Celebrating the art of the cartoonist, On the Money: Cartoons for The New Yorker From the Melvin R. Seiden Collection features approximately seventy original drawings by some of The New Yorkers most talented and beloved artists who have tackled the theme of money and the many ways in which it defines us. Included in the show are drawings by such luminaries as Charles Barsotti, George Booth, Dana Fradon, Lee Lorenz, William Hamilton, and J. B. Handelsman. The exhibition is on view only at the Morgan
through May 24, 2009.
The works are drawn entirely from the collection of Melvin R. Seiden, a longtime supporter of the Morgan, who has assembled one of the largest and most representative private selections of this art form which spans the history of The New Yorker. The Seiden collection of New Yorker cartoons, numbering nearly 1,500 sheets, complements the Morgans holdings in the history of satire and humor, which range from the Renaissance to the twentieth century. Following the great cartoonists of the eighteenth and nineteenth centuriesincluding James Gillray, H. K. Browne a.k.a. Phiz, and Honoré Daumier, in whose works the Morgans collection is particularly richthe artists represented in this exhibition continue the thread of chronicling contemporary attitudes.
Since 1925 The New Yorker magazine has served as the leading forum for American cartoonists to reflect and comment on the nations social and cultural environment. Their work provides amusement and constitutes a mirror of social conventions that remain relevant. The drawings in On the Money include a selection of works from the magazines early years as well as contributions from cartoonists working during the 1970s, 1980s, and 1990s, when financial issues were among the dominant themes of many cartoons. Subjects such as politics, sex, inheritance, and real estate demonstrate the impact of money on individual lives, while the shared experience of recessions and booms provides inspiration for broader treatments of the theme. Finding humor in money and the economy has been a mainstay of New Yorker artists, and the cartoons continue to engage viewers.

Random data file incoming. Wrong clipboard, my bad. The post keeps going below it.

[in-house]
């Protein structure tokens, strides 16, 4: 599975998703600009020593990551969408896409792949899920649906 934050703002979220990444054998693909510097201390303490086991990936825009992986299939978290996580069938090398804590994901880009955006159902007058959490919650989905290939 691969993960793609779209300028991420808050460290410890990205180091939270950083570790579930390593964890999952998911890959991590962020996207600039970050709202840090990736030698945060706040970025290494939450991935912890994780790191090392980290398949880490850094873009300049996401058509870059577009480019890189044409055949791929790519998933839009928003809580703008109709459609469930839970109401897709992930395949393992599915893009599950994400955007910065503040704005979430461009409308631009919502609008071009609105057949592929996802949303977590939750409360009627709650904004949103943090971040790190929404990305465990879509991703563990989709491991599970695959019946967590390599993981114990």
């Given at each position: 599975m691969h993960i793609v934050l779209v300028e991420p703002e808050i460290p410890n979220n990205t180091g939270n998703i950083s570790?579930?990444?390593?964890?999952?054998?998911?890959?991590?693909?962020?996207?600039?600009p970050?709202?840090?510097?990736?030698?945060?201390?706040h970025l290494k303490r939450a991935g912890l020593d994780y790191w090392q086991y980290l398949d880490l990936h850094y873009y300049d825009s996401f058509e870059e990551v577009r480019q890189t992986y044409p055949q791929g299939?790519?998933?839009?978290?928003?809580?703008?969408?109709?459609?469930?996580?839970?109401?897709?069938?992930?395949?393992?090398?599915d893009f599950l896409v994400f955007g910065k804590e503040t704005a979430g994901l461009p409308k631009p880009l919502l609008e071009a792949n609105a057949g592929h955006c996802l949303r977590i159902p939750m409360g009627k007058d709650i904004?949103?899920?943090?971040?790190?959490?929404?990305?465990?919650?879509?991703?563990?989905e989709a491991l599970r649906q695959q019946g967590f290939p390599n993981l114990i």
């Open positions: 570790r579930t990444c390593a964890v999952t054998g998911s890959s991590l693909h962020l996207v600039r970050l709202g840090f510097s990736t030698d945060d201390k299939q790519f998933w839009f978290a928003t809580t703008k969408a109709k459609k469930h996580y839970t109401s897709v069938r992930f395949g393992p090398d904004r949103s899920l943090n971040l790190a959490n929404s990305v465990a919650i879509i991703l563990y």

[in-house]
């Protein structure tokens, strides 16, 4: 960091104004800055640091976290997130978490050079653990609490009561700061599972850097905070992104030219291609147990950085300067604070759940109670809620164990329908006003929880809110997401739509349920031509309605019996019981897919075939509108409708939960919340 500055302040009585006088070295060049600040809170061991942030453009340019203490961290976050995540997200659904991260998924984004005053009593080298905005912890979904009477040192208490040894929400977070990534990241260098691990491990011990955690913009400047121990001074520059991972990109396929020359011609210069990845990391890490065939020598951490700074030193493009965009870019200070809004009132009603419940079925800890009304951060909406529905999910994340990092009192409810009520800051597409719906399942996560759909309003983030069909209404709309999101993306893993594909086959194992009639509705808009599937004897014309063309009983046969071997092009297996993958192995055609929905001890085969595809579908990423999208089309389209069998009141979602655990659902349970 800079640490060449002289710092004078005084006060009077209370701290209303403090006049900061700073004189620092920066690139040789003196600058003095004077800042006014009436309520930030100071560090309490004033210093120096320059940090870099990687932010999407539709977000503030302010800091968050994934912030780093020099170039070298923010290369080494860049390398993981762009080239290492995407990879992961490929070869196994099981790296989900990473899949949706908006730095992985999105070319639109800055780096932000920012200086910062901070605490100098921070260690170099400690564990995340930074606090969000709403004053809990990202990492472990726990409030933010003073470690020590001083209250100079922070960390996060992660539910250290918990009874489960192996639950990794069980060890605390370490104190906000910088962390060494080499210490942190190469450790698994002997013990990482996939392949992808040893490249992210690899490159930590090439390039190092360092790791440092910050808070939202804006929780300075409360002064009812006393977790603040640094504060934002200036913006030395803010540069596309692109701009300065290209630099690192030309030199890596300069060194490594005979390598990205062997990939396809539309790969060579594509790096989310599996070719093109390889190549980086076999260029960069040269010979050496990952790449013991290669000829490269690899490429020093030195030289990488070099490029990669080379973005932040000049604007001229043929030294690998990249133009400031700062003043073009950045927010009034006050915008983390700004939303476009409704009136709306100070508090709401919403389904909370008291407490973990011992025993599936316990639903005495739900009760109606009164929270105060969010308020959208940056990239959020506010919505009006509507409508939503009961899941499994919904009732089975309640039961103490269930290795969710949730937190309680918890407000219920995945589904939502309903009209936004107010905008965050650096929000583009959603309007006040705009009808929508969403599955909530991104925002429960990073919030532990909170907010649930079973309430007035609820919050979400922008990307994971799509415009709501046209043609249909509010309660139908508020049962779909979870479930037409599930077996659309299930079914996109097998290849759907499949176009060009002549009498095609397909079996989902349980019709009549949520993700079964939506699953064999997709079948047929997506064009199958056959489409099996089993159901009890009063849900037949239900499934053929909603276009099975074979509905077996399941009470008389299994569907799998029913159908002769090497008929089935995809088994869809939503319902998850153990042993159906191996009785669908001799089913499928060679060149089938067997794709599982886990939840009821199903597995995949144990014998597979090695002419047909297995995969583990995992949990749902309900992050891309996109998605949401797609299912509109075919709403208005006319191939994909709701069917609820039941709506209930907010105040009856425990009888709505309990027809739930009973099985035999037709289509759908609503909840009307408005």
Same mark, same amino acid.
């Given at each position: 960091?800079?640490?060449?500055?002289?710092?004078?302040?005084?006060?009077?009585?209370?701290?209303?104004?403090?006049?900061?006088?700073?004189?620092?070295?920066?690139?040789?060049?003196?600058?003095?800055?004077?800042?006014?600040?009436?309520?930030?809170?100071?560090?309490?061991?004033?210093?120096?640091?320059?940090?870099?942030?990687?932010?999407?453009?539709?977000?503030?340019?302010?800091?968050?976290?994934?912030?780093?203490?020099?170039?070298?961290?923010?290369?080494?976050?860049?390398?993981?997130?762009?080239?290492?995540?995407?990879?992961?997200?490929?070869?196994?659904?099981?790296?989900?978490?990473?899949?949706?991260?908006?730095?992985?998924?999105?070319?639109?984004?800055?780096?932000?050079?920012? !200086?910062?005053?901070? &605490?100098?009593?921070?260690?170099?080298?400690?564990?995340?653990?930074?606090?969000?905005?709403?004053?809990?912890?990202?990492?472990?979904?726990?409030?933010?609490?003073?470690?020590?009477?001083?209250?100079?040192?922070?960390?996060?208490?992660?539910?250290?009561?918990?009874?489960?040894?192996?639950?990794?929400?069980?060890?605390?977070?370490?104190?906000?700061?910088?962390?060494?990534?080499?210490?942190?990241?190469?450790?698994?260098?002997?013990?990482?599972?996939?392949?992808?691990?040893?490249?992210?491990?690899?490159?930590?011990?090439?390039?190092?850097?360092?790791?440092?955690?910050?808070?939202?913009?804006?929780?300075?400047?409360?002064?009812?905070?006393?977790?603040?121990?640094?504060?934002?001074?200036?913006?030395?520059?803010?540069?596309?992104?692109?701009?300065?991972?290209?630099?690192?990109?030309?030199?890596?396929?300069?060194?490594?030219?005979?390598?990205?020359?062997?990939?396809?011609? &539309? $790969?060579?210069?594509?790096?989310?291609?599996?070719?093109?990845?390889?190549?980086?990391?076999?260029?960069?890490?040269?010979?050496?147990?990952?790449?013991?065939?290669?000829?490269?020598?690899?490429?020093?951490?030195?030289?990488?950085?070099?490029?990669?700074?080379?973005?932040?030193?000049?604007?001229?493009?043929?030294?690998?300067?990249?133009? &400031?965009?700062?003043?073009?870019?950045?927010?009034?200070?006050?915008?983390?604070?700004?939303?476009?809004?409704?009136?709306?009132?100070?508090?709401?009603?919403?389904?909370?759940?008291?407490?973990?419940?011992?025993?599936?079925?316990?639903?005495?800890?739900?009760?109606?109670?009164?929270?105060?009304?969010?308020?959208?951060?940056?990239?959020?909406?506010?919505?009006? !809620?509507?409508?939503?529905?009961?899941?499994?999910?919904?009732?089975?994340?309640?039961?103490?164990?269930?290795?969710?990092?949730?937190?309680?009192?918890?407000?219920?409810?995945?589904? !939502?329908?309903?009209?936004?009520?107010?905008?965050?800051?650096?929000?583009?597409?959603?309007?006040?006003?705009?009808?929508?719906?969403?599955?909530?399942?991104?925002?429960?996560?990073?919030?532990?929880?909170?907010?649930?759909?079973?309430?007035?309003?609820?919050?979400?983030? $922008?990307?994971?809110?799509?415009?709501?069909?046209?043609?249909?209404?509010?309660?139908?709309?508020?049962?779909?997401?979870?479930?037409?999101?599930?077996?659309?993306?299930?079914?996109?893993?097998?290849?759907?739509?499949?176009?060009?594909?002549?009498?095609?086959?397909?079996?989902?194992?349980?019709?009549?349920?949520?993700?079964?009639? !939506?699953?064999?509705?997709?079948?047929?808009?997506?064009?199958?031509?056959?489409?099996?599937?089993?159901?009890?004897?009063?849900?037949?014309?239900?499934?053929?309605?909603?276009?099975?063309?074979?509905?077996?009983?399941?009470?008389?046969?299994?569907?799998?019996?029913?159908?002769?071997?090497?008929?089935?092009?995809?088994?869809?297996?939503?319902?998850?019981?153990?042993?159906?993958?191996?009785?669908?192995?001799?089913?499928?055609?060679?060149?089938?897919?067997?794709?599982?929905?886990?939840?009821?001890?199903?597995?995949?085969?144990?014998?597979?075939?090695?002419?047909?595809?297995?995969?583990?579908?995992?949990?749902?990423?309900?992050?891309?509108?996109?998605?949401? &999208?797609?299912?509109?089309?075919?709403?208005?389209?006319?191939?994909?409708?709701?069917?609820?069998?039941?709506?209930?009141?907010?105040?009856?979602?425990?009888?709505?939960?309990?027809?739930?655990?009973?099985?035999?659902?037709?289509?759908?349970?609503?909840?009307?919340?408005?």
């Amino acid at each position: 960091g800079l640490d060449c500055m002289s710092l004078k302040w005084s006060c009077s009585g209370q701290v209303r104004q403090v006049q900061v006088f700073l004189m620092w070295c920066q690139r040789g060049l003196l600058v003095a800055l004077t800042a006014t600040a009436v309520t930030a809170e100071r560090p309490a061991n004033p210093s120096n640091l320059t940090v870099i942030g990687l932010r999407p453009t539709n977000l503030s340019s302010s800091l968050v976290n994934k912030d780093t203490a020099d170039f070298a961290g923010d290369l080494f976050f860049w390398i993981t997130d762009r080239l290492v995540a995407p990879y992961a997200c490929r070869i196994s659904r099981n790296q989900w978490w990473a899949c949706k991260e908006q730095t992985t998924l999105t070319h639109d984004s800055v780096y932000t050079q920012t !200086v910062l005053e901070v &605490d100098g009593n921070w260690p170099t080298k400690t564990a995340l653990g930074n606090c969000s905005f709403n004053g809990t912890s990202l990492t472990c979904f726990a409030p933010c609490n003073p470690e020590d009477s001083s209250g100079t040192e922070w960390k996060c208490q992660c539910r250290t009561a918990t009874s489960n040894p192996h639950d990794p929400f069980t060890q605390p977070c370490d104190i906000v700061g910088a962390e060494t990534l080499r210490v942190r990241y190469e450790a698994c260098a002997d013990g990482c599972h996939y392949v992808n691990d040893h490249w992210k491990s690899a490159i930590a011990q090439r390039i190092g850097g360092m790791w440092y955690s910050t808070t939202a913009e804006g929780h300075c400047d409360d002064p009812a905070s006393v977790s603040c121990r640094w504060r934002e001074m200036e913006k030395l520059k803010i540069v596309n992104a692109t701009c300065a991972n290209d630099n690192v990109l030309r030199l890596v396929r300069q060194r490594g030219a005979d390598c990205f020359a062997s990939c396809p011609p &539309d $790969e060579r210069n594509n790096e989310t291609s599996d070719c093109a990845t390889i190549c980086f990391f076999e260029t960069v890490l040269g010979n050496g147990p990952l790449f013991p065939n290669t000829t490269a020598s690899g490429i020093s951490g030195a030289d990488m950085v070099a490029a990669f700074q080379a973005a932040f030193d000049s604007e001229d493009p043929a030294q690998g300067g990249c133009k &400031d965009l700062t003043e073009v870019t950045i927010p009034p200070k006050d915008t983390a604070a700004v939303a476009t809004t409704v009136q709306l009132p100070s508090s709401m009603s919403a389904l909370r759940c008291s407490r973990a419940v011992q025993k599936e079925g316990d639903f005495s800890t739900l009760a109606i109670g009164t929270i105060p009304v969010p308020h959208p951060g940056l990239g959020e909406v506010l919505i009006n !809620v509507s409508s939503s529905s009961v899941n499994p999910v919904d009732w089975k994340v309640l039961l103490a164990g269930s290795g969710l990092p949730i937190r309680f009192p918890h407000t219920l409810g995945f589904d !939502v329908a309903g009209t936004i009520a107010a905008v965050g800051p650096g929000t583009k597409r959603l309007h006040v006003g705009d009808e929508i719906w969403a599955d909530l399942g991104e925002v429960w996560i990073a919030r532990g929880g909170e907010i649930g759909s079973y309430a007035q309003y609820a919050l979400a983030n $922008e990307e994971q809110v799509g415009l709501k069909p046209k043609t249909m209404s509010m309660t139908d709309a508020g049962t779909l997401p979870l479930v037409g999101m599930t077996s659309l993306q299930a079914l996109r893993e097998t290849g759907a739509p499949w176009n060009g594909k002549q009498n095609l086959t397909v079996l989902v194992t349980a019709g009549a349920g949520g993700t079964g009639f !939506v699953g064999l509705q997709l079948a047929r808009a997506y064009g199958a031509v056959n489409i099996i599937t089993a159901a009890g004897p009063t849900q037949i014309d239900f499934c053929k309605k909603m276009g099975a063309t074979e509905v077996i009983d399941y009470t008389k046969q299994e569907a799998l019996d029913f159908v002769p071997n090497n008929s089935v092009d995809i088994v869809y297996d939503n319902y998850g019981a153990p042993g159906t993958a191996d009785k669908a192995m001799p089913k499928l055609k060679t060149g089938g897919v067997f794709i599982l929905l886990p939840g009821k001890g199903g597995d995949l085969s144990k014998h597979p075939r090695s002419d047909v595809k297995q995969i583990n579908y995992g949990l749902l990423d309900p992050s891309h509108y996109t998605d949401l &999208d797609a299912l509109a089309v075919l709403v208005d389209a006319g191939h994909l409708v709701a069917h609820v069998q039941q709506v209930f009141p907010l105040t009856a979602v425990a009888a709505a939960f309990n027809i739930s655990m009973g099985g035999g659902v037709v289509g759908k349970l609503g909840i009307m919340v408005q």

The artistry of the works reveals the eloquent and efficient draftsmanship essential to a successful cartoon as well as the artists process of creating and revising an incisive, humorous vignette. The exhibition also delineates the critical role of the cartoon editor, whose work is essential to the readers enjoyment. A selection of cartoons that were improved by editorial recommendations is accompanied by equally amusing correspondence between editor and artist about achieving the perfect union between word and image. Also featured in the exhibition are photographic portraits by Anne Hall of many of the artists behind the cartoons.
The Morgan is deeply grateful to Mel Seiden for allowing us to share with the public the original drawings for these wonderful cartoons, said William M. Griswold, Director of The Morgan Library & Museum.
New Yorker cartoonists have always been able to make us smile, even during some of our most turbulent economic, political, and social times. It is both enlightening and entertaining to see that fundamental themes such as money have been addressed by these visual satirists with keen insight and fresh perspective.
Drawings by the following artists are included in the exhibition: Ed Arno; Charles Barsotti; George Booth; Roz Chast; Tom Cheney; Richard Cline; Frank Cotham; Leo Cullum; Whitney Darrow Jr. (19091999); Joseph Farris; Ed Fisher; Dana Fradon; William Hamilton; J. B. Handelsman (19222007); Helen E. Hokinson (18931949); Stan Hunt (19292006); Lee Lorenz; Michael Maslin; Joe Mirachi (19201991); W.B. Park; Donald Reilly (19332006); Mischa Richter (19102001); Carl Rose; Bernard Schoenbaum; Peter Steiner; Mick Stevens; James Stevenson; Mike Twohy; Robert Weber; Gluyas Williams (18881982); and Jack Ziegler.
On the Money: Cartoons for The New Yorker From the Melvin R. Seiden Collection is organized by Jennifer Tonkovich, Curator, Drawings and Prints, The Morgan Library & Museum. This exhibition is sponsored by CastleRock Asset Management. Additional support is generously provided by Liz and Rod Berens and Richard and Ronay Menschel. This program is supported, in part, by public funds from the New York State Council on the Arts and the New York City Department of Cultural Affairs.